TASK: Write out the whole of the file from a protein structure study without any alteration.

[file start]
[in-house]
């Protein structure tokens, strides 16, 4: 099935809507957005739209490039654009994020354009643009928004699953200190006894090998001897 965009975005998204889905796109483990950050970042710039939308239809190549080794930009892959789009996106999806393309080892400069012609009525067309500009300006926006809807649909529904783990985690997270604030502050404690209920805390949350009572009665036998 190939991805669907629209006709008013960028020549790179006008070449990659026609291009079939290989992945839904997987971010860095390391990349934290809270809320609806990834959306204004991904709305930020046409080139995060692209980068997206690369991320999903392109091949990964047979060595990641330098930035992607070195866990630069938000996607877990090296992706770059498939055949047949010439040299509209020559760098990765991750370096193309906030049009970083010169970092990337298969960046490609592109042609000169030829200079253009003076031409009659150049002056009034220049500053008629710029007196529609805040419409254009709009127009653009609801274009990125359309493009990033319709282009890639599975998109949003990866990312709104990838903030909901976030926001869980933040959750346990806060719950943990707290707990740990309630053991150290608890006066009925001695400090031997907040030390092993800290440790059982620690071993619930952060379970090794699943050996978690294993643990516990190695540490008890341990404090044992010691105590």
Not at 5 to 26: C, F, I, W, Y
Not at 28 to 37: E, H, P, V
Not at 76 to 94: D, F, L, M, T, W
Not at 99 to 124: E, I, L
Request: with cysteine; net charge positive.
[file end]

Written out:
[in-house]
């Protein structure tokens, strides 16, 4: 099935809507957005739209490039654009994020354009643009928004699953200190006894090998001897 965009975005998204889905796109483990950050970042710039939308239809190549080794930009892959789009996106999806393309080892400069012609009525067309500009300006926006809807649909529904783990985690997270604030502050404690209920805390949350009572009665036998 190939991805669907629209006709008013960028020549790179006008070449990659026609291009079939290989992945839904997987971010860095390391990349934290809270809320609806990834959306204004991904709305930020046409080139995060692209980068997206690369991320999903392109091949990964047979060595990641330098930035992607070195866990630069938000996607877990090296992706770059498939055949047949010439040299509209020559760098990765991750370096193309906030049009970083010169970092990337298969960046490609592109042609000169030829200079253009003076031409009659150049002056009034220049500053008629710029007196529609805040419409254009709009127009653009609801274009990125359309493009990033319709282009890639599975998109949003990866990312709104990838903030909901976030926001869980933040959750346990806060719950943990707290707990740990309630053991150290608890006066009925001695400090031997907040030390092993800290440790059982620690071993619930952060379970090794699943050996978690294993643990516990190695540490008890341990404090044992010691105590």
Not at 5 to 26: C, F, I, W, Y
Not at 28 to 37: E, H, P, V
Not at 76 to 94: D, F, L, M, T, W
Not at 99 to 124: E, I, L
Request: with cysteine; net charge positive.